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Kernel Mode-Setting Push For Linux 2.6.29 Kernel

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  • Kernel Mode-Setting Push For Linux 2.6.29 Kernel

    Phoronix: Kernel Mode-Setting Push For Linux 2.6.29 Kernel

    David Airlie has just called upon Linus Torvalds to pull the kernel mode-setting framework and Intel KMS driver support into the Linux 2.6.29 kernel. If you're a faithful Phoronix reader this shouldn't come as a surprise since Intel, Red Hat, and others have been busy hacking away at kernel mode-setting to get it ready to merge. The core kernel mode-setting code will now be in the next mainline kernel release along with the Intel i915 KMS driver, but the kernel must be built with the CONFIG_DRM_I915_KMS option since KMS isn't yet enabled by default...

    http://www.phoronix.com/vr.php?view=Njk2MA

  • #2
    What are the real odds of ATI pulling GEM-like support within the next three months?

    I'm just asking for a educated guess.

    Thanks for reading.
    Last edited by hobbes; 12-29-2008, 11:21 AM. Reason: typo

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    • #3
      What is the schedule now?
      Do radeon developers add changes to GEM, so that even radeon cards runs with GEM quite well and not only intel devices?

      And if they do so, what is with radeonhd? Can they use the (extended/adjusted) GEM as well as radeon?

      Thanks.

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      • #4
        I'm also curious about radeonhd support - is KMS something that can be easily ported between the two? It seems like most of the differences between radeon and radeonhd are in the hardware initialization, which I assume is what would go into the kernel. Are there any plans to just use the same code in the kernel, and if so would radeonhd just go away or are there other significant differences?

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        • #5
          There aren't really substantial differences, so when kms becomes mainstream, radeonhd will likely fade away.

          As for GEM support, neither radeon nor radeonhd makes real use of it yet (the only real use in the Xorg driver is for UXA acceleration, which hasn't been implemented for anything except intel yet). I'm not sure of the status of GEM support in Mesa, although I believe it is used for Intel, at least.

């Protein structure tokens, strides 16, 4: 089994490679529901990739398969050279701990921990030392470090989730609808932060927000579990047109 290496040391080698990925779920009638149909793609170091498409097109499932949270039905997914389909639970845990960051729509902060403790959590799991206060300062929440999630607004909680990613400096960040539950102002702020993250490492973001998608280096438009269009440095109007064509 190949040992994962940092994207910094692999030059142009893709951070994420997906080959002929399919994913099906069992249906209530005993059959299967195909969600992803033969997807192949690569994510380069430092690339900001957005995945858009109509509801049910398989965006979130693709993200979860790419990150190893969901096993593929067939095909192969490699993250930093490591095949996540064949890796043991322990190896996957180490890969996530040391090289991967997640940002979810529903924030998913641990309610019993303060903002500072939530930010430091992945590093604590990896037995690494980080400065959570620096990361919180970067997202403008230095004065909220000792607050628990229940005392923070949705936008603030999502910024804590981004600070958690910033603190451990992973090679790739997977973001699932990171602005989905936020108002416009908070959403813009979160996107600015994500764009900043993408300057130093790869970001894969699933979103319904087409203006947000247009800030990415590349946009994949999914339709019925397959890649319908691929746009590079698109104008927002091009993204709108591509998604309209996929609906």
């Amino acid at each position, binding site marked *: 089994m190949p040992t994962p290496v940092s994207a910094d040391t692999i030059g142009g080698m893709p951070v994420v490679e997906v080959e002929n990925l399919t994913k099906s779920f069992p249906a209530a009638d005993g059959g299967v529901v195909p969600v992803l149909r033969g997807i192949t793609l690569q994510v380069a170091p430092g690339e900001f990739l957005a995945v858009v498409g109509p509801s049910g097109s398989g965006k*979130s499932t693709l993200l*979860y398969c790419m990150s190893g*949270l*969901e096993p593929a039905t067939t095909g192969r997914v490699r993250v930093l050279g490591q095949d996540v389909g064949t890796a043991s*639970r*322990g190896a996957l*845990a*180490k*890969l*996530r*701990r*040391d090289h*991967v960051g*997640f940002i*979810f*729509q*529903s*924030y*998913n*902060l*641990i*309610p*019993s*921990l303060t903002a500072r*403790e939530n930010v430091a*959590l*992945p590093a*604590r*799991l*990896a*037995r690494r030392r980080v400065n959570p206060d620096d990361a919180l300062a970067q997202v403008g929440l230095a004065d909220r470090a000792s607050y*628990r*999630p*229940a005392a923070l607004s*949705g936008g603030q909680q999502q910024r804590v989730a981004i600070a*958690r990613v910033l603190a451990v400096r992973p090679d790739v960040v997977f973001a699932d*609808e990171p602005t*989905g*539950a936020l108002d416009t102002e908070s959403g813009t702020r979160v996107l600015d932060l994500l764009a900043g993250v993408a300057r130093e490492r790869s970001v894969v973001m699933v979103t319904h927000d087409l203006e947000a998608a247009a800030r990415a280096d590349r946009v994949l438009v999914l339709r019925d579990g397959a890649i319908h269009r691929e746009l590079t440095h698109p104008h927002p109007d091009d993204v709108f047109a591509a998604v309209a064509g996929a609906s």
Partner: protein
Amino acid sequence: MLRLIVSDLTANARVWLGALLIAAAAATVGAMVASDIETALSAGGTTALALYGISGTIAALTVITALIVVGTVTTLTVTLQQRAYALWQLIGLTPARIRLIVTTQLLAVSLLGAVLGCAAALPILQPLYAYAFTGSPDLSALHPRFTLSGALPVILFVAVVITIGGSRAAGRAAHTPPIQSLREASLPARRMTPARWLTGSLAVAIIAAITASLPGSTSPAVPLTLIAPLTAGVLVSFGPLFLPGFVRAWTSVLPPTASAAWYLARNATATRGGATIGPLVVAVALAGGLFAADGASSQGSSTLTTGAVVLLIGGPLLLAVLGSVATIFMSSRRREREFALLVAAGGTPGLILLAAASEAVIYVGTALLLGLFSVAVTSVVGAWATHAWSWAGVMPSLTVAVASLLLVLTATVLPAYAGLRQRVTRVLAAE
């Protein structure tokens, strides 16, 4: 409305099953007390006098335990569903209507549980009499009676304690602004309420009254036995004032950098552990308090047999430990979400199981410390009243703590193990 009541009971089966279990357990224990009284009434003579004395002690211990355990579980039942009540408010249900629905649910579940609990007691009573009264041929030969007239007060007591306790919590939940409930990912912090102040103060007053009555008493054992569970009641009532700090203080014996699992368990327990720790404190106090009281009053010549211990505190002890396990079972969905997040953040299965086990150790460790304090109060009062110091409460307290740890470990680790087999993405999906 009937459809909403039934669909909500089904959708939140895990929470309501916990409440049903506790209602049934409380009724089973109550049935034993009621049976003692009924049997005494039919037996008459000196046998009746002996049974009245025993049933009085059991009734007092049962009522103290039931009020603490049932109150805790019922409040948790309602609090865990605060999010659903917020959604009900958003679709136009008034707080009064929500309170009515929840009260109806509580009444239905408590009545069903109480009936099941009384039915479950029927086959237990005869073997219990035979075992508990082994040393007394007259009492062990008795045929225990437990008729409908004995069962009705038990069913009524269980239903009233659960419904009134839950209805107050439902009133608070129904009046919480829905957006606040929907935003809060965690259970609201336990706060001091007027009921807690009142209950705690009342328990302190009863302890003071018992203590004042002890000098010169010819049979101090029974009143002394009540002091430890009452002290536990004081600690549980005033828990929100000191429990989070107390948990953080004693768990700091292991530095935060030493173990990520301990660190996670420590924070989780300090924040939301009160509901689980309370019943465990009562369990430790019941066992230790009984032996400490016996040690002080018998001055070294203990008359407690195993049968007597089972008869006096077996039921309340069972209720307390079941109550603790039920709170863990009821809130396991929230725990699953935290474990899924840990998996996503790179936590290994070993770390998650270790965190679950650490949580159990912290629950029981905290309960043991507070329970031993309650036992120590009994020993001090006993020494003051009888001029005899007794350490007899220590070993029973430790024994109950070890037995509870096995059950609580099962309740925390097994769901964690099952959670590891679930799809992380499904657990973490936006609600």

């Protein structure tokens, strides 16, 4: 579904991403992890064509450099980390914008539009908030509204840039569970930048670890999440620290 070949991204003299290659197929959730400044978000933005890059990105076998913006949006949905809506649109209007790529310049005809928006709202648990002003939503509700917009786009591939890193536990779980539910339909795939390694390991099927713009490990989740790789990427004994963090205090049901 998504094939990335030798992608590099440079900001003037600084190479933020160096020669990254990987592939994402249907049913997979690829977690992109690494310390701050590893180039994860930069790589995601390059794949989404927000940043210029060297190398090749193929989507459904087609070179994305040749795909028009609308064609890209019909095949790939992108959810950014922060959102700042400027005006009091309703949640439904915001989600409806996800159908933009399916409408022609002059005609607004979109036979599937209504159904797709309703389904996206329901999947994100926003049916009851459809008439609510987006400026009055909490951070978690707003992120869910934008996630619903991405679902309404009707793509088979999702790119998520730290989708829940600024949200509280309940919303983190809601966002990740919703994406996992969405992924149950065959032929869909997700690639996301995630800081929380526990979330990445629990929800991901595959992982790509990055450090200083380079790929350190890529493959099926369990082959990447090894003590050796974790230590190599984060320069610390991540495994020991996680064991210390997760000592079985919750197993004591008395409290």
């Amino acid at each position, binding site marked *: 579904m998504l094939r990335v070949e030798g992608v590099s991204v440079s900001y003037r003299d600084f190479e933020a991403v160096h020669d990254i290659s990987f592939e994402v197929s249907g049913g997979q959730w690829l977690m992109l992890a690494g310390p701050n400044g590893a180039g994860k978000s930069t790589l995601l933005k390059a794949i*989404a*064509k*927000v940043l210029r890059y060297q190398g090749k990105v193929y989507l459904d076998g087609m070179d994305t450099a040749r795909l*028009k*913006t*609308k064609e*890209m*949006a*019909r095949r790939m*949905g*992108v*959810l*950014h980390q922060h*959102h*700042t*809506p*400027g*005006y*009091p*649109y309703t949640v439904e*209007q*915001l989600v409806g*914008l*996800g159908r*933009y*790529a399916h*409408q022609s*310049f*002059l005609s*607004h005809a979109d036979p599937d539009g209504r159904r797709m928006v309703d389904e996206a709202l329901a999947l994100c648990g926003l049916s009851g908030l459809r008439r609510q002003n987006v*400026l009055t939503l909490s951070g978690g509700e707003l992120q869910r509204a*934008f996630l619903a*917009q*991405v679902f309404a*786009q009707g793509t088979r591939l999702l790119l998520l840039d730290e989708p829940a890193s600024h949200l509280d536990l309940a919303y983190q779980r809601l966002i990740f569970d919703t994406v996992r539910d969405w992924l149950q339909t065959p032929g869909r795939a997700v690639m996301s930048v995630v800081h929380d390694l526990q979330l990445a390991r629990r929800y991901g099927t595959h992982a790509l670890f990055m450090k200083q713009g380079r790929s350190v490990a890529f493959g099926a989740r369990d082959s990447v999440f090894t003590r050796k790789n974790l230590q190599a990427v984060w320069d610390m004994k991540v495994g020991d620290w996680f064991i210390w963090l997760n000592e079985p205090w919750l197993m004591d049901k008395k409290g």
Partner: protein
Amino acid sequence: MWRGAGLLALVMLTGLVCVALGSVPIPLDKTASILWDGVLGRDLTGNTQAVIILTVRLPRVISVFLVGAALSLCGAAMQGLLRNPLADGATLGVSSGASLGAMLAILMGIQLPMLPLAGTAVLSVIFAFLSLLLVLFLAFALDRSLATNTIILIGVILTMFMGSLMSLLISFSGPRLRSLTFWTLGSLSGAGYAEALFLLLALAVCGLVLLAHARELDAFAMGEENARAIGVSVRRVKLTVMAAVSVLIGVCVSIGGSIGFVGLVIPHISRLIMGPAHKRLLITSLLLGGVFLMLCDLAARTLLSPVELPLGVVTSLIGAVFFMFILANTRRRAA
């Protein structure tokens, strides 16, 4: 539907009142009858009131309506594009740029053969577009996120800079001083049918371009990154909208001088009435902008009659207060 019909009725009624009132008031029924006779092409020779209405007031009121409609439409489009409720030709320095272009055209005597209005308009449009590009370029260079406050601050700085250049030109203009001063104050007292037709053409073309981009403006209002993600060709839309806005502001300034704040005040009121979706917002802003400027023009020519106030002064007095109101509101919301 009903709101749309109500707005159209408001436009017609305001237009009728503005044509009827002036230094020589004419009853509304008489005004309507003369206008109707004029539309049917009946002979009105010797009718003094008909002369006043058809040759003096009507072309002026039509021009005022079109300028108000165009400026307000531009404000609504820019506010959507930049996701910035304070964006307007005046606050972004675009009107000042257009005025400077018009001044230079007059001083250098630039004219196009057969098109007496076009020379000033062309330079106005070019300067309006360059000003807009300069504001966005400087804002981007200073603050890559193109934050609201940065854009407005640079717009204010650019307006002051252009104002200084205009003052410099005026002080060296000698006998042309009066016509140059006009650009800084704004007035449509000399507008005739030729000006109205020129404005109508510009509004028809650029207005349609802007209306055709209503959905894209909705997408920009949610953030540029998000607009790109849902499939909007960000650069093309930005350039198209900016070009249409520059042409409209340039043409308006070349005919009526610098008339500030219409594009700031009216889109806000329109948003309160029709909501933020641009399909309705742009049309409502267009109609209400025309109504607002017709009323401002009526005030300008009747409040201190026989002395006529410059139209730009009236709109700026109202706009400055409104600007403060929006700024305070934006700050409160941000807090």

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          • #6
            Originally posted by hobbes View Post
            What are the real odds of ATI pulling GEM-like support within the next three months?

            I'm just asking for a educated guess.

            Thanks for reading.
            It is about 3 to 7.

            Comment


            • #7
              ...CONFIG_DRM_I915_KMS option since KMS isn't yet enabled by default
              Well, nice to see, that kms+intel finally seems to be ready. I'm tracking development for a few weeks now and repositories have been very busy, which is great to see.

              Hardware: GMA X4500, GM45.
              Software:
              • kernel: master + airlie's drm-next
              • mesa, drm: master
              • xorg: master
              • video-intel: master

              I got UXA running, but using "i915 modeset=1" produces a black screen at start of GDM and forces me to do a SysRq reboot. I can nevertheless report that the freezes using Compiz are finally gone with UXA.

              Edit: Btw, I build video-intel with the kms-switch.
              Last edited by AliBaba; 12-30-2008, 05:39 AM.

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              • #8
                Originally posted by hobbes View Post
                What are the real odds of ATI pulling GEM-like support within the next three months?
                It would be quite dissapointing if kms/gem for radeon didn't make it into 2.6.30 ...

                It's 3 months to get there but it's half year for a stable kernel with it... Some people don't want to use/compile RCs. And kernel is quite crucial part of the system so it does make sense to not use RCs.

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                • #9
                  Originally posted by val-gaav View Post
                  And kernel is quite crucial part of the system so it does make sense to not use RCs.
                  Not exactly, no.

                  Every distribution I know lets you install several kernels side-by-side enabling you to fall back to a working configuration. I use 2.6.27, 2.6.28-rc* (and now 2.6.28) the Debian way (make-kpkg) and I can remove or add any kernel I build easily.

                  There's by the way not even a reason to not use RCs at all if you are not affected by a _very_ serious bug (e1000 :-). The difference between a kernel with drm-next pulled by Linus or one where I merge Dave Airlie's branch myself (and maybe get all bugfixes before they land in Linus' kernel) does not exist, imho.


                  My three cents, btw...

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                  • #10
                    The e1000 bug was quite serious. I think that example proves my point. Sure you can have a stable kernel and a RC on the same distro, but the stable one will not fix the hardware that RC broke.

                    That said distros don't usually package kernel RCs, and not everyone wants to compile his kernel and repeat the process with every new RC (2 week time), and some users may not want to compile their own kernel at all

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